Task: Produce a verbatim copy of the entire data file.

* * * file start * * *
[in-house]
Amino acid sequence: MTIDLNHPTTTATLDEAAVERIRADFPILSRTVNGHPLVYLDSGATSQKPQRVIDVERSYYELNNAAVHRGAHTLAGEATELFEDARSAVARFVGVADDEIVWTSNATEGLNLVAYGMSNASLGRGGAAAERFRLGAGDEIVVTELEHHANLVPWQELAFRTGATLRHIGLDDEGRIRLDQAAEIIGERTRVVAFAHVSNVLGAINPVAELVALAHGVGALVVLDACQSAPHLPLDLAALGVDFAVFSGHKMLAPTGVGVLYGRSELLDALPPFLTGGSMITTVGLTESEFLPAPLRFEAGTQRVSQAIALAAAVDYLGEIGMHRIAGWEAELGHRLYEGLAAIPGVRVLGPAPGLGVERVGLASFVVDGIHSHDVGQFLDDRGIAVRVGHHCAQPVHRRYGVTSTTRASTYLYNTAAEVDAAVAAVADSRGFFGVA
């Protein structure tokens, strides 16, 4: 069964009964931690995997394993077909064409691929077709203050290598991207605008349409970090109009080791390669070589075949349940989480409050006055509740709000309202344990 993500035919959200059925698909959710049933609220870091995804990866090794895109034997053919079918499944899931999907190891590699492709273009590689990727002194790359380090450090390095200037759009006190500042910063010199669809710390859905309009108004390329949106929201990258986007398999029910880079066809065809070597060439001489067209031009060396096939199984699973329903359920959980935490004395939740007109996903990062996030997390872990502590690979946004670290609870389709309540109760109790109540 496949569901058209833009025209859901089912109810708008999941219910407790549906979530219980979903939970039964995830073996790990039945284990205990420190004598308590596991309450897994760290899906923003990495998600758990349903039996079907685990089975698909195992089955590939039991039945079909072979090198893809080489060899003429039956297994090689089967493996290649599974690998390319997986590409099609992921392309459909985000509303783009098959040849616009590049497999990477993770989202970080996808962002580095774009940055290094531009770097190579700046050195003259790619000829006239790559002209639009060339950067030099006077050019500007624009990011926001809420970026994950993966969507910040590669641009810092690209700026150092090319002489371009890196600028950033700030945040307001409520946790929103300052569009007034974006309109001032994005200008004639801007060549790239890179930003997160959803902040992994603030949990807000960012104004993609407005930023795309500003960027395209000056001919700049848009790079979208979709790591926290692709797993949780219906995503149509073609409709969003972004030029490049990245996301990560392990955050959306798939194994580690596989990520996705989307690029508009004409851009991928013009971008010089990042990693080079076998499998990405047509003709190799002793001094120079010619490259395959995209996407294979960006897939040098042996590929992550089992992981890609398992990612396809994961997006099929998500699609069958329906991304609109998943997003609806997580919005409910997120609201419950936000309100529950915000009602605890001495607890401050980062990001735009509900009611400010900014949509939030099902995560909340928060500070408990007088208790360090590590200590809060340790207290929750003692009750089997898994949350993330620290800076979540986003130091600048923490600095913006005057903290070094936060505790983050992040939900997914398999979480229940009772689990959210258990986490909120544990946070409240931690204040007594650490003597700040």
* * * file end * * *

[in-house]
Amino acid sequence: MTIDLNHPTTTATLDEAAVERIRADFPILSRTVNGHPLVYLDSGATSQKPQRVIDVERSYYELNNAAVHRGAHTLAGEATELFEDARSAVARFVGVADDEIVWTSNATEGLNLVAYGMSNASLGRGGAAAERFRLGAGDEIVVTELEHHANLVPWQELAFRTGATLRHIGLDDEGRIRLDQAAEIIGERTRVVAFAHVSNVLGAINPVAELVALAHGVGALVVLDACQSAPHLPLDLAALGVDFAVFSGHKMLAPTGVGVLYGRSELLDALPPFLTGGSMITTVGLTESEFLPAPLRFEAGTQRVSQAIALAAAVDYLGEIGMHRIAGWEAELGHRLYEGLAAIPGVRVLGPAPGLGVERVGLASFVVDGIHSHDVGQFLDDRGIAVRVGHHCAQPVHRRYGVTSTTRASTYLYNTAAEVDAAVAAVADSRGFFGVA
């Protein structure tokens, strides 16, 4: 069964009964931690995997394993077909064409691929077709203050290598991207605008349409970090109009080791390669070589075949349940989480409050006055509740709000309202344990 993500035919959200059925698909959710049933609220870091995804990866090794895109034997053919079918499944899931999907190891590699492709273009590689990727002194790359380090450090390095200037759009006190500042910063010199669809710390859905309009108004390329949106929201990258986007398999029910880079066809065809070597060439001489067209031009060396096939199984699973329903359920959980935490004395939740007109996903990062996030997390872990502590690979946004670290609870389709309540109760109790109540 496949569901058209833009025209859901089912109810708008999941219910407790549906979530219980979903939970039964995830073996790990039945284990205990420190004598308590596991309450897994760290899906923003990495998600758990349903039996079907685990089975698909195992089955590939039991039945079909072979090198893809080489060899003429039956297994090689089967493996290649599974690998390319997986590409099609992921392309459909985000509303783009098959040849616009590049497999990477993770989202970080996808962002580095774009940055290094531009770097190579700046050195003259790619000829006239790559002209639009060339950067030099006077050019500007624009990011926001809420970026994950993966969507910040590669641009810092690209700026150092090319002489371009890196600028950033700030945040307001409520946790929103300052569009007034974006309109001032994005200008004639801007060549790239890179930003997160959803902040992994603030949990807000960012104004993609407005930023795309500003960027395209000056001919700049848009790079979208979709790591926290692709797993949780219906995503149509073609409709969003972004030029490049990245996301990560392990955050959306798939194994580690596989990520996705989307690029508009004409851009991928013009971008010089990042990693080079076998499998990405047509003709190799002793001094120079010619490259395959995209996407294979960006897939040098042996590929992550089992992981890609398992990612396809994961997006099929998500699609069958329906991304609109998943997003609806997580919005409910997120609201419950936000309100529950915000009602605890001495607890401050980062990001735009509900009611400010900014949509939030099902995560909340928060500070408990007088208790360090590590200590809060340790207290929750003692009750089997898994949350993330620290800076979540986003130091600048923490600095913006005057903290070094936060505790983050992040939900997914398999979480229940009772689990959210258990986490909120544990946070409240931690204040007594650490003597700040």